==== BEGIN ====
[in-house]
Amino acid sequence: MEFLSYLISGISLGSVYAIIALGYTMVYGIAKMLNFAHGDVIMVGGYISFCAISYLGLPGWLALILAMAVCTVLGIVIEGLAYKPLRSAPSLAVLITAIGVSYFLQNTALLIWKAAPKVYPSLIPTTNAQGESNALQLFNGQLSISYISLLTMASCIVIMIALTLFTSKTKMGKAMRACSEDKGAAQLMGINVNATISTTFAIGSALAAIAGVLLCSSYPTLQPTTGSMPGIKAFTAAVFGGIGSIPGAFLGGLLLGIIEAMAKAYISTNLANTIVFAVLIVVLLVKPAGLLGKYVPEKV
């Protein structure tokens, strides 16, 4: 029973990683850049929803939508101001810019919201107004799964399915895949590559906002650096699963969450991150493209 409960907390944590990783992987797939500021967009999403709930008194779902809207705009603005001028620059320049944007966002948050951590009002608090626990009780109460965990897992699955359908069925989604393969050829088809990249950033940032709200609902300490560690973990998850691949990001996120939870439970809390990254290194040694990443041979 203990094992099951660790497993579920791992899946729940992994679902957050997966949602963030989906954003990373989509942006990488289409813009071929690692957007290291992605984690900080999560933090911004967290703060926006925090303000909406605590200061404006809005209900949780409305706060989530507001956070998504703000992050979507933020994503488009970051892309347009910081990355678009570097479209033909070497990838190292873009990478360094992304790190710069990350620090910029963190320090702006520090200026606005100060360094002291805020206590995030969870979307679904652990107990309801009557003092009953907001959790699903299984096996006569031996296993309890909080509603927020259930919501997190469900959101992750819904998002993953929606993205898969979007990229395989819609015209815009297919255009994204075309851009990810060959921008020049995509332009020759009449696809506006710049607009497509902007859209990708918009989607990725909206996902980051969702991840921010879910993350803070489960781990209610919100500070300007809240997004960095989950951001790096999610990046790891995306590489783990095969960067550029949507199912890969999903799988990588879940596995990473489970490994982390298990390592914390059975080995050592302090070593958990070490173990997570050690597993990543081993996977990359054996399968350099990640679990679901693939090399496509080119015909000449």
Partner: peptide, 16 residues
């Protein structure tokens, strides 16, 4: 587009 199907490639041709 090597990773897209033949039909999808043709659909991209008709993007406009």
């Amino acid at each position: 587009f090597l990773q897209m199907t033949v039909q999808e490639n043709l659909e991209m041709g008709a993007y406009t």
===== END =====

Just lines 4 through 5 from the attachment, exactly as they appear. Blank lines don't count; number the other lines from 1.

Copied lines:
Partner: peptide, 16 residues
């Protein structure tokens, strides 16, 4: 587009 199907490639041709 090597990773897209033949039909999808043709659909991209008709993007406009």